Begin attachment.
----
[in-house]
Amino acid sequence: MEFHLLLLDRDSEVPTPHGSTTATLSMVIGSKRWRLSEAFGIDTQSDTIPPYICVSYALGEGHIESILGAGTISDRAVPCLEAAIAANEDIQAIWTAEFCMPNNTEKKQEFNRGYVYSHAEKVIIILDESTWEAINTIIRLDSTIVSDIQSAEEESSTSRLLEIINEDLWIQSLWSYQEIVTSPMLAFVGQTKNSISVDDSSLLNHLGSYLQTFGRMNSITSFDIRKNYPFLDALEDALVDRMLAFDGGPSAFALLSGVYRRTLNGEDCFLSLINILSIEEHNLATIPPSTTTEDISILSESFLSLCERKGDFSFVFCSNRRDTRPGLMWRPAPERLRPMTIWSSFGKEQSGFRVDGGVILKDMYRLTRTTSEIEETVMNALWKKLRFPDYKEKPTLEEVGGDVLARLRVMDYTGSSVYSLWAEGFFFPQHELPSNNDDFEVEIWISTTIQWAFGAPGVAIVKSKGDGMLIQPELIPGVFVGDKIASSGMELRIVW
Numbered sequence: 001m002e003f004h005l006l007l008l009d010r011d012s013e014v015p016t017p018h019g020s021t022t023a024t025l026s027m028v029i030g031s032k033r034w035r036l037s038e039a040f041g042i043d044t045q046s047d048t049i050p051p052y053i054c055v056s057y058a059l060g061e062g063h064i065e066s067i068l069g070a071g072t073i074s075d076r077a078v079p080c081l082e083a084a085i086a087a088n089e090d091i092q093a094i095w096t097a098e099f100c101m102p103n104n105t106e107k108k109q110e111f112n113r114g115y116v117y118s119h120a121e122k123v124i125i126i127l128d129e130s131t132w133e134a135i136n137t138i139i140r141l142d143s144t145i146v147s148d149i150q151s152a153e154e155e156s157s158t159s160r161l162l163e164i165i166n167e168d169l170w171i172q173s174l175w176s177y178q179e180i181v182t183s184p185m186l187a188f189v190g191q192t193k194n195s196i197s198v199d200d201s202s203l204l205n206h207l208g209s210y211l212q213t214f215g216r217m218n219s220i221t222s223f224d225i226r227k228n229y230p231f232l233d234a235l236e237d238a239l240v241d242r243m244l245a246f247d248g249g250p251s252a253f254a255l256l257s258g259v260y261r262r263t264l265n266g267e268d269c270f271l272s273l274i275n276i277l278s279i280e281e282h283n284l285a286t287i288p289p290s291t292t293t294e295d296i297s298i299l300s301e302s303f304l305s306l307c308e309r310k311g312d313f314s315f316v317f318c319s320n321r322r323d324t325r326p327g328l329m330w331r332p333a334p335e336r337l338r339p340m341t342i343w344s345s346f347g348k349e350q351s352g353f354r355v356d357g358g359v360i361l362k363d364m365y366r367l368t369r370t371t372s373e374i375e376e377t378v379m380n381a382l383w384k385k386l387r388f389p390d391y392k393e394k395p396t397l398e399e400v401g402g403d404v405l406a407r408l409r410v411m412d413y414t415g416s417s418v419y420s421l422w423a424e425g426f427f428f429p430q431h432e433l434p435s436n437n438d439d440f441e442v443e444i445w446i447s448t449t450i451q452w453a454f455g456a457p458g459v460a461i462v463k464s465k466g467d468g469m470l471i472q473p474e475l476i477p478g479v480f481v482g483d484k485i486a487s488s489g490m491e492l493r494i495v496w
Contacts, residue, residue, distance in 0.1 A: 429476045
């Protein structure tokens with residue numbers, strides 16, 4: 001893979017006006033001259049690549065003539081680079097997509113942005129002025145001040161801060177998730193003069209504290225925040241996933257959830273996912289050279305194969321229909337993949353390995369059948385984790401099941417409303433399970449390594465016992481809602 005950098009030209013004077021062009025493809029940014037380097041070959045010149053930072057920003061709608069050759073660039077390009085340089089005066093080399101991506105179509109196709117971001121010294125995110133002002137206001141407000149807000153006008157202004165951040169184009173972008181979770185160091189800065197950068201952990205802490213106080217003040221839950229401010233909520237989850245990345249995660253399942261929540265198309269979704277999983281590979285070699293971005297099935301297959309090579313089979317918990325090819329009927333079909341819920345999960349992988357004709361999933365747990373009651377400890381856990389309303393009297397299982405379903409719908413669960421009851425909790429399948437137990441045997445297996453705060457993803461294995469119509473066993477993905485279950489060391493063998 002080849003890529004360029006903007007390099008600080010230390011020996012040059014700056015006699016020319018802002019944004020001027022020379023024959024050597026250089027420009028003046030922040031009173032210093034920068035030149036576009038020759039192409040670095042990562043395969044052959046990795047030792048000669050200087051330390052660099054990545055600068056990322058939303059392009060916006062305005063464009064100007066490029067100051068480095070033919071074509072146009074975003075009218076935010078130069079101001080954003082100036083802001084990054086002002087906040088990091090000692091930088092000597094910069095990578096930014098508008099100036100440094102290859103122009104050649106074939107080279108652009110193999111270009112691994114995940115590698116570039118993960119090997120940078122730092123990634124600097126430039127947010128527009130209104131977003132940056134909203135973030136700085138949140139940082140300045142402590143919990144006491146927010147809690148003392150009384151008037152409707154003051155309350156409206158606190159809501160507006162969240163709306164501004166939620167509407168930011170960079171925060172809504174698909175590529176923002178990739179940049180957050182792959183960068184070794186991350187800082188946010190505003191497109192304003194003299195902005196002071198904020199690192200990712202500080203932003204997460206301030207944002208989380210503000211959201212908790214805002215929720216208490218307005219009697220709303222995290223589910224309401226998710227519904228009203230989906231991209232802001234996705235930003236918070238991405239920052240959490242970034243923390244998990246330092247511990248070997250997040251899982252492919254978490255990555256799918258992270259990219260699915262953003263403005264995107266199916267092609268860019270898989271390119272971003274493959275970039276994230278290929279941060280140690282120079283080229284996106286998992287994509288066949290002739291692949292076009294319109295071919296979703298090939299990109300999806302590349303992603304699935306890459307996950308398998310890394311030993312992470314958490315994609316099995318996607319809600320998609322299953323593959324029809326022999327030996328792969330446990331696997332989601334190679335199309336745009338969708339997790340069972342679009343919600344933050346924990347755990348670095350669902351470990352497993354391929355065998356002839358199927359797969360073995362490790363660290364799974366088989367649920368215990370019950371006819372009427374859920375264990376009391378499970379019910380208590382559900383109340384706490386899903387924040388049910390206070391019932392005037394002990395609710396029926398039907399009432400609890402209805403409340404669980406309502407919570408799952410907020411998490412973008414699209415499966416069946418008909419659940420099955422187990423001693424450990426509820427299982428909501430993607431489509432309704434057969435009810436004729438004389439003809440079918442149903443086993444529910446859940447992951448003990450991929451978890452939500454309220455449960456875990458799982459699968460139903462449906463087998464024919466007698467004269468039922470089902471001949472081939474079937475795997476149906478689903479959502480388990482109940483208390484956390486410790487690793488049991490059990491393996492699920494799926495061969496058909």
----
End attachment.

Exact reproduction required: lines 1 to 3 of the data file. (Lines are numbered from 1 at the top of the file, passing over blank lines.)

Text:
[in-house]
Amino acid sequence: MEFHLLLLDRDSEVPTPHGSTTATLSMVIGSKRWRLSEAFGIDTQSDTIPPYICVSYALGEGHIESILGAGTISDRAVPCLEAAIAANEDIQAIWTAEFCMPNNTEKKQEFNRGYVYSHAEKVIIILDESTWEAINTIIRLDSTIVSDIQSAEEESSTSRLLEIINEDLWIQSLWSYQEIVTSPMLAFVGQTKNSISVDDSSLLNHLGSYLQTFGRMNSITSFDIRKNYPFLDALEDALVDRMLAFDGGPSAFALLSGVYRRTLNGEDCFLSLINILSIEEHNLATIPPSTTTEDISILSESFLSLCERKGDFSFVFCSNRRDTRPGLMWRPAPERLRPMTIWSSFGKEQSGFRVDGGVILKDMYRLTRTTSEIEETVMNALWKKLRFPDYKEKPTLEEVGGDVLARLRVMDYTGSSVYSLWAEGFFFPQHELPSNNDDFEVEIWISTTIQWAFGAPGVAIVKSKGDGMLIQPELIPGVFVGDKIASSGMELRIVW
Numbered sequence: 001m002e003f004h005l006l007l008l009d010r011d012s013e014v015p016t017p018h019g020s021t022t023a024t025l026s027m028v029i030g031s032k033r034w035r036l037s038e039a040f041g042i043d044t045q046s047d048t049i050p051p052y053i054c055v056s057y058a059l060g061e062g063h064i065e066s067i068l069g070a071g072t073i074s075d076r077a078v079p080c081l082e083a084a085i086a087a088n089e090d091i092q093a094i095w096t097a098e099f100c101m102p103n104n105t106e107k108k109q110e111f112n113r114g115y116v117y118s119h120a121e122k123v124i125i126i127l128d129e130s131t132w133e134a135i136n137t138i139i140r141l142d143s144t145i146v147s148d149i150q151s152a153e154e155e156s157s158t159s160r161l162l163e164i165i166n167e168d169l170w171i172q173s174l175w176s177y178q179e180i181v182t183s184p185m186l187a188f189v190g191q192t193k194n195s196i197s198v199d200d201s202s203l204l205n206h207l208g209s210y211l212q213t214f215g216r217m218n219s220i221t222s223f224d225i226r227k228n229y230p231f232l233d234a235l236e237d238a239l240v241d242r243m244l245a246f247d248g249g250p251s252a253f254a255l256l257s258g259v260y261r262r263t264l265n266g267e268d269c270f271l272s273l274i275n276i277l278s279i280e281e282h283n284l285a286t287i288p289p290s291t292t293t294e295d296i297s298i299l300s301e302s303f304l305s306l307c308e309r310k311g312d313f314s315f316v317f318c319s320n321r322r323d324t325r326p327g328l329m330w331r332p333a334p335e336r337l338r339p340m341t342i343w344s345s346f347g348k349e350q351s352g353f354r355v356d357g358g359v360i361l362k363d364m365y366r367l368t369r370t371t372s373e374i375e376e377t378v379m380n381a382l383w384k385k386l387r388f389p390d391y392k393e394k395p396t397l398e399e400v401g402g403d404v405l406a407r408l409r410v411m412d413y414t415g416s417s418v419y420s421l422w423a424e425g426f427f428f429p430q431h432e433l434p435s436n437n438d439d440f441e442v443e444i445w446i447s448t449t450i451q452w453a454f455g456a457p458g459v460a461i462v463k464s465k466g467d468g469m470l471i472q473p474e475l476i477p478g479v480f481v482g483d484k485i486a487s488s489g490m491e492l493r494i495v496w